There’s slippage in meaning, of course. Groups of people develop shibboleths as identity markers and gatekeepers, in order to justify themselves as a group. A few years ago, my students began to use the word goat in inexplicable ways. Their tone gave them away, and the waves of giggles when someone said the word out loud in class. After some investigation, we parsed out that their use of goat referred to a penis. It interfered with the work of education, so we formed the ridiculous policy of banning goat from the classroom. When a boy leans over to a girl in class and brazenly asks her to “pet his goat,” I have to tick the box that says “verbal assault.”
My least favorite role in teaching is the policeman, especially when it comes to language. To the kid, I’m an aggressor, exercising an authority he barely recognizes, and only under compulsion. “Who are you,” he might ask, “to trample my first right?” And he wouldn’t be referring to the constitutional provision, but the simple human fact that our first breath drawn is exhaled in speech. His first attempt to answer “Who am I?”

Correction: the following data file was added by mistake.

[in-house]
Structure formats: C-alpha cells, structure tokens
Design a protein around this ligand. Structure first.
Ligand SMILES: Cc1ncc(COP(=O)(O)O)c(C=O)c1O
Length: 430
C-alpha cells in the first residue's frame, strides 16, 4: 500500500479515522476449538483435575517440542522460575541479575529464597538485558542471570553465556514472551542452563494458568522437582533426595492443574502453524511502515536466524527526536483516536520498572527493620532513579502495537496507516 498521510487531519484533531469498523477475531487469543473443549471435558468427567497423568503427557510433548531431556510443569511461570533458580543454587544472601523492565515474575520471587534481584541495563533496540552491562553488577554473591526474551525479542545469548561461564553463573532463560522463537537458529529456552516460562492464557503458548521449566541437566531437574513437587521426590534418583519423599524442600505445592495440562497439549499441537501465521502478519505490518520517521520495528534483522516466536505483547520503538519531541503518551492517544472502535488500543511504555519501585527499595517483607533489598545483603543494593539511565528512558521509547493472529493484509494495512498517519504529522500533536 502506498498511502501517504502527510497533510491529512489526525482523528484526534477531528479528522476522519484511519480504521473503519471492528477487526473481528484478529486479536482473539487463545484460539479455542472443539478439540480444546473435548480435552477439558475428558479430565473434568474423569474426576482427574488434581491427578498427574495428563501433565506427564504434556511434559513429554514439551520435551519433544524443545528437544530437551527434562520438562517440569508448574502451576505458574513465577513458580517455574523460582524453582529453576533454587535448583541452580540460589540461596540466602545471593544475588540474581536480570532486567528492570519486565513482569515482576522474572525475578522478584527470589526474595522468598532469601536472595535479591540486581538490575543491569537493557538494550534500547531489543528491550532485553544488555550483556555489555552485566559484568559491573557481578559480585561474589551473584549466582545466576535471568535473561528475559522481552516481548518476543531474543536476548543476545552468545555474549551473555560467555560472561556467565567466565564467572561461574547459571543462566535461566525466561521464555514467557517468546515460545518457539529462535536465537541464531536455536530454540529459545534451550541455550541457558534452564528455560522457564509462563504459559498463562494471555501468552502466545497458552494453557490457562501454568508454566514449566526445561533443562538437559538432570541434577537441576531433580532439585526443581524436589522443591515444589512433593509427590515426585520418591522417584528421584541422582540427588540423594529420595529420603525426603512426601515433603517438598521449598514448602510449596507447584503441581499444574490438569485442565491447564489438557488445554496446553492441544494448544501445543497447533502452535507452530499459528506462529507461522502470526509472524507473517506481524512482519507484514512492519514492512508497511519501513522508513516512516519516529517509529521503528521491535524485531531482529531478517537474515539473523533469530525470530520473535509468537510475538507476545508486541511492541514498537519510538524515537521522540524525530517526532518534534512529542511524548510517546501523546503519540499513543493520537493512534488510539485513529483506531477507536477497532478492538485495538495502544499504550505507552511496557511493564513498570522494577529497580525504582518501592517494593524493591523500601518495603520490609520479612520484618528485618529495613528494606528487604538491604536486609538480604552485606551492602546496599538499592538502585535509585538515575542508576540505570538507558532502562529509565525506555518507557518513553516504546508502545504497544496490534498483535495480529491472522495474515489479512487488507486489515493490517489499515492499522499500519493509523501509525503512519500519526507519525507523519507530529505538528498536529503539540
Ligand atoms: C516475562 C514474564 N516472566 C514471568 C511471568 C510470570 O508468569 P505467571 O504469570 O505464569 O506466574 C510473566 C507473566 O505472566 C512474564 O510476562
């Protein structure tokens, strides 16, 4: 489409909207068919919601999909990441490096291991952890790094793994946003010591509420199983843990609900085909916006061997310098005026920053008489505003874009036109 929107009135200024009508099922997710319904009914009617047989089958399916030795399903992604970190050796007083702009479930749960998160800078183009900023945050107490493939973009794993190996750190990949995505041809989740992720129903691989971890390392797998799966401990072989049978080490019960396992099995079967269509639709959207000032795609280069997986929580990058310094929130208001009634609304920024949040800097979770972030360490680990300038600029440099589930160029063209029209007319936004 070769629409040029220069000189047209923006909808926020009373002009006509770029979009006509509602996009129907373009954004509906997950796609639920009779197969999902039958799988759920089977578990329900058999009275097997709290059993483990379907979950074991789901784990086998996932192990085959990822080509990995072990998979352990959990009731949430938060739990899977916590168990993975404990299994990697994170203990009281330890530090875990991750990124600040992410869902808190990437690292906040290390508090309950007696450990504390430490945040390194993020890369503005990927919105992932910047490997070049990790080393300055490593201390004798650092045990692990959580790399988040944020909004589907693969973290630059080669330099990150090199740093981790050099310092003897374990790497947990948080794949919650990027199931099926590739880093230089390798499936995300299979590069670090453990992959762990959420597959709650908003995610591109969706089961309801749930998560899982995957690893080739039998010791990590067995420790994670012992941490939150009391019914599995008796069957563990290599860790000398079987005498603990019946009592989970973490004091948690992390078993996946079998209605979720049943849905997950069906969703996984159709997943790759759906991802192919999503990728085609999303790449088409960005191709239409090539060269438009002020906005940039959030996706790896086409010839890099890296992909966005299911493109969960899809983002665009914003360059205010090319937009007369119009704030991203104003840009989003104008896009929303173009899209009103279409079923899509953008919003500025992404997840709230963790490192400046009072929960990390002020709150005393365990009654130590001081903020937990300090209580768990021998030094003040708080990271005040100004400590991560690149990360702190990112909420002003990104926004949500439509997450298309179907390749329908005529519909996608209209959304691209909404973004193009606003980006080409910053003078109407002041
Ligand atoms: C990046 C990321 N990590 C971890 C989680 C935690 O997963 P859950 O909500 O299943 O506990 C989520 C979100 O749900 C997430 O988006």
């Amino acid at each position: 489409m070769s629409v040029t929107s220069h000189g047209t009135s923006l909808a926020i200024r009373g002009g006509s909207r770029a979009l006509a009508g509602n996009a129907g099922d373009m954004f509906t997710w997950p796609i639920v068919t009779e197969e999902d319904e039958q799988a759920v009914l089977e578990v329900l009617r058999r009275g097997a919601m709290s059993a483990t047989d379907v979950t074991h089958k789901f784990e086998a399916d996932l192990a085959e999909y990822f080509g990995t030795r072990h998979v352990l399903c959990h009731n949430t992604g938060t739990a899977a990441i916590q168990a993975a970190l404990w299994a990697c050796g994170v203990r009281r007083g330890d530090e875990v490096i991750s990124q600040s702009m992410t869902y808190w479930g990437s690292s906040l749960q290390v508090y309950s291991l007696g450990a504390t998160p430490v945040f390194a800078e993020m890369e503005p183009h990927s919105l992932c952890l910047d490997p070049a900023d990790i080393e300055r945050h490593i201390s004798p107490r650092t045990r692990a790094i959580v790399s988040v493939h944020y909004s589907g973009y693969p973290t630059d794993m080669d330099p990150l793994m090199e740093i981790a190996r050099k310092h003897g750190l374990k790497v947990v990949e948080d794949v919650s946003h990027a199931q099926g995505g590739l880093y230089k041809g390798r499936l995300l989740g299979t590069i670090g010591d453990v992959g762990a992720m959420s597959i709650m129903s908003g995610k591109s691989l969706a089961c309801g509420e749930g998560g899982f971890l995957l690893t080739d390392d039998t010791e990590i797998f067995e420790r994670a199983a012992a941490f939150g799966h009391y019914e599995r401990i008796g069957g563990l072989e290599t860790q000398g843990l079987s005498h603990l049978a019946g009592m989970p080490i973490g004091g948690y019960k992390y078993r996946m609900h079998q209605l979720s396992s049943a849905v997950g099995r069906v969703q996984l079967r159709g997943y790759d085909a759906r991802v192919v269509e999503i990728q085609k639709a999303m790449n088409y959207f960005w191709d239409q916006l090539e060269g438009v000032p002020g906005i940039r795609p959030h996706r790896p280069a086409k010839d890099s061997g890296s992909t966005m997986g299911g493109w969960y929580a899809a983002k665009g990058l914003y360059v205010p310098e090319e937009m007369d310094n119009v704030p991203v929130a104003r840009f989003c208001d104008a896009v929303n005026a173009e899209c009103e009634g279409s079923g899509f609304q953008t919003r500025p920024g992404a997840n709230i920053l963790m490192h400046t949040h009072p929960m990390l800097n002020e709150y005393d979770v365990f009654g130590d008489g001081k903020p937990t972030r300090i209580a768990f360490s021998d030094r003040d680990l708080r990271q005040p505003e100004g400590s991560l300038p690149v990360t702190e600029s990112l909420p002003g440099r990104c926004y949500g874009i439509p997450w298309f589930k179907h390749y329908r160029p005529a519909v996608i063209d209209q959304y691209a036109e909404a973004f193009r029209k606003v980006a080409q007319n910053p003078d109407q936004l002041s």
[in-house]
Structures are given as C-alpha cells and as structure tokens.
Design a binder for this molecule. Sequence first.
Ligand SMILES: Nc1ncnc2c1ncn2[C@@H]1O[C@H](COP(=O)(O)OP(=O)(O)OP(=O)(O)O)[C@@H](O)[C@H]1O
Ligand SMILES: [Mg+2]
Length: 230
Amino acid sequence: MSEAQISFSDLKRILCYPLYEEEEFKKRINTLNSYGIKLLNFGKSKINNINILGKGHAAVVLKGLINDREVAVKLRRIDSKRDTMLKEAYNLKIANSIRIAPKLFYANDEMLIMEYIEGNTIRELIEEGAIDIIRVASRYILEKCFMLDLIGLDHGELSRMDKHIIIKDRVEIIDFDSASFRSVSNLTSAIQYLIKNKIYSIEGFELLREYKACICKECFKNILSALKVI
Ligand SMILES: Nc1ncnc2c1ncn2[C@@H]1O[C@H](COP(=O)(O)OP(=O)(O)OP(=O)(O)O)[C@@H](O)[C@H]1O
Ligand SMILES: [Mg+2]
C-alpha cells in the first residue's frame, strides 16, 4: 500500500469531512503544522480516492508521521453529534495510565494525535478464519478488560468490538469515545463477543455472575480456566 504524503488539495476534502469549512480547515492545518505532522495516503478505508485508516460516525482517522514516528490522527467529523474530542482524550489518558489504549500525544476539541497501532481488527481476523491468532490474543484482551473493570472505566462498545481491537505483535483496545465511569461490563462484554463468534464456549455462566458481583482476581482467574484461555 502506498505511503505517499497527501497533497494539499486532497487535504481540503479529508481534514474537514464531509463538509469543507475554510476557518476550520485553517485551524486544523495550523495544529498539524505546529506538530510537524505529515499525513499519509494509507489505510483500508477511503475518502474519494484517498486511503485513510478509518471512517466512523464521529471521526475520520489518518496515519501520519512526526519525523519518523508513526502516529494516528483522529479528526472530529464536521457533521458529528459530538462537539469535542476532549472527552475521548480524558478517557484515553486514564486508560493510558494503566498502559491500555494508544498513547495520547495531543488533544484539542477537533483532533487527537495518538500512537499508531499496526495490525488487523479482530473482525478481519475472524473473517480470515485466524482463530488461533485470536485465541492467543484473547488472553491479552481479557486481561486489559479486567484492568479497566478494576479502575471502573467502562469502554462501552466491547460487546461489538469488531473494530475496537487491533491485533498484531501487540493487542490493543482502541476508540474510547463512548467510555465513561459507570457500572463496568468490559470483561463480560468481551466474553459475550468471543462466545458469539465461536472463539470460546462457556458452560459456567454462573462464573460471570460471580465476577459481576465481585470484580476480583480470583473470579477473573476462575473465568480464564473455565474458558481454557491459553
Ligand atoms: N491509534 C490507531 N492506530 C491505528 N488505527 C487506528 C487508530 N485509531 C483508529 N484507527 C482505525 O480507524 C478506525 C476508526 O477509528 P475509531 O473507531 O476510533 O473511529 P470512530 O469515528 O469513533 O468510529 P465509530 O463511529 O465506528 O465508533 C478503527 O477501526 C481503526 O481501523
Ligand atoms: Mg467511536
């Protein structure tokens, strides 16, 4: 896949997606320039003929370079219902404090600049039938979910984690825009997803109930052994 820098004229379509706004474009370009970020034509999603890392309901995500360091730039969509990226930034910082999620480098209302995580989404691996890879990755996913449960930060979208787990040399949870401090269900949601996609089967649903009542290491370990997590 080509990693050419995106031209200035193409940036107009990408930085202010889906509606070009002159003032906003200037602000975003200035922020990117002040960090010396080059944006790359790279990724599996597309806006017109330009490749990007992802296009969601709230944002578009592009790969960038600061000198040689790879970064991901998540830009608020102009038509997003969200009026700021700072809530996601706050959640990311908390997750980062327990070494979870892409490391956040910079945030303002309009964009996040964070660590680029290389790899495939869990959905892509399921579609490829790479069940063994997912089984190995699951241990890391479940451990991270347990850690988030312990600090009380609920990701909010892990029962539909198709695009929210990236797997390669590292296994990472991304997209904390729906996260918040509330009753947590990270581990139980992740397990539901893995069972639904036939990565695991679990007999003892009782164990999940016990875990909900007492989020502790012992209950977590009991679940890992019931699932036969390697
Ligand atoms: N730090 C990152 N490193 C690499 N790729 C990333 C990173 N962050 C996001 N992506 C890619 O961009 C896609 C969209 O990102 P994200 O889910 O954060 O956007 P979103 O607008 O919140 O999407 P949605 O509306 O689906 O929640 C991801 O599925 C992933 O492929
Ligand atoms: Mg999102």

It is natural that teenagers want to set themselves apart from adults; girls from boys; brother from brother. Each human being justified as a self. Yet evil thoughts proceed from the heart; some of those words of justification will in fact be an injustice, not merely a prude’s snobbish regard. An innocent word like goat becomes a weapon to purloin power.
The role of the teacher-as-police is to tell the kid who—in the same word, exploits the girl and tests out the question, “Who am I?”—that “No, in fact, this is not who you are!” Unfortunately, creating a policy that bans a word does not ban the evil thought. It will find a word in which to express itself.
Bread is profane; the sacramental host is sacred. They’re both made from the same wheat, baked in the same ovens, eaten by the same mouths, digested, and mingled in the same steaming pile of morning excrement. The difference is in how we imagine one crumb from the other as it passes our lips.
Upending 1,300 years of practice, Jesus told a bunch of strictly dieting Jews that food didn’t make them profane—ceremonially unclean—but words coming out of their mouths did. “Evil thoughts,” he said, “proceed from the heart” defiling the body as they pass the tongue. Murder is spoken before it is committed. Jesus went so far as to say calling someone a fool is murder. Fool, or vulgar piece of shit.
The sacred trick is to say words which sink down into the heart that become thoughts of peace, a future, and a hope, and proceed into the world on the tongues of the vulgar.
Cover image by NOTAVANDAL.